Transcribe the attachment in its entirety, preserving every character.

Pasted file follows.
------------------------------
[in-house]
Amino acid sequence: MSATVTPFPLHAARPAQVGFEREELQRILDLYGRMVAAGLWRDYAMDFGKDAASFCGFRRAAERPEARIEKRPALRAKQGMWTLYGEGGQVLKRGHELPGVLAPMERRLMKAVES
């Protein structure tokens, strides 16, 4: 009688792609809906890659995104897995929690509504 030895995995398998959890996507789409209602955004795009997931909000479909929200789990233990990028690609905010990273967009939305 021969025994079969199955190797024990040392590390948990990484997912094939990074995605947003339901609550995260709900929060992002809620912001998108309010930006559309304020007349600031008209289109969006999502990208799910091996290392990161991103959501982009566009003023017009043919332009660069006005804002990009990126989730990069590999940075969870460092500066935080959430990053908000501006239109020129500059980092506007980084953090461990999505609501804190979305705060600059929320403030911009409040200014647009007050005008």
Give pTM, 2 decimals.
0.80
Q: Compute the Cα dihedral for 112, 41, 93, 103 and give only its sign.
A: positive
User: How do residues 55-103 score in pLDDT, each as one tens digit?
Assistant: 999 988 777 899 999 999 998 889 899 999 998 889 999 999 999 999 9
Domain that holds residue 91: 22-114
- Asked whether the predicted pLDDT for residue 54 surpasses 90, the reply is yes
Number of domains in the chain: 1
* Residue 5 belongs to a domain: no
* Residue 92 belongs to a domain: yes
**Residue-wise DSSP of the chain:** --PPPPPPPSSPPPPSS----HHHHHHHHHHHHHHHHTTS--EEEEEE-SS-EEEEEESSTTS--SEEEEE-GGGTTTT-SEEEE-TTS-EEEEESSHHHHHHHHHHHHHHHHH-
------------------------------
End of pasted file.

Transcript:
[in-house]
Amino acid sequence: MSATVTPFPLHAARPAQVGFEREELQRILDLYGRMVAAGLWRDYAMDFGKDAASFCGFRRAAERPEARIEKRPALRAKQGMWTLYGEGGQVLKRGHELPGVLAPMERRLMKAVES
């Protein structure tokens, strides 16, 4: 009688792609809906890659995104897995929690509504 030895995995398998959890996507789409209602955004795009997931909000479909929200789990233990990028690609905010990273967009939305 021969025994079969199955190797024990040392590390948990990484997912094939990074995605947003339901609550995260709900929060992002809620912001998108309010930006559309304020007349600031008209289109969006999502990208799910091996290392990161991103959501982009566009003023017009043919332009660069006005804002990009990126989730990069590999940075969870460092500066935080959430990053908000501006239109020129500059980092506007980084953090461990999505609501804190979305705060600059929320403030911009409040200014647009007050005008």
Give pTM, 2 decimals.
0.80
Q: Compute the Cα dihedral for 112, 41, 93, 103 and give only its sign.
A: positive
User: How do residues 55-103 score in pLDDT, each as one tens digit?
Assistant: 999 988 777 899 999 999 998 889 899 999 998 889 999 999 999 999 9
Domain that holds residue 91: 22-114
- Asked whether the predicted pLDDT for residue 54 surpasses 90, the reply is yes
Number of domains in the chain: 1
* Residue 5 belongs to a domain: no
* Residue 92 belongs to a domain: yes
**Residue-wise DSSP of the chain:** --PPPPPPPSSPPPPSS----HHHHHHHHHHHHHHHHTTS--EEEEEE-SS-EEEEEESSTTS--SEEEEE-GGGTTTT-SEEEE-TTS-EEEEESSHHHHHHHHHHHHHHHHH-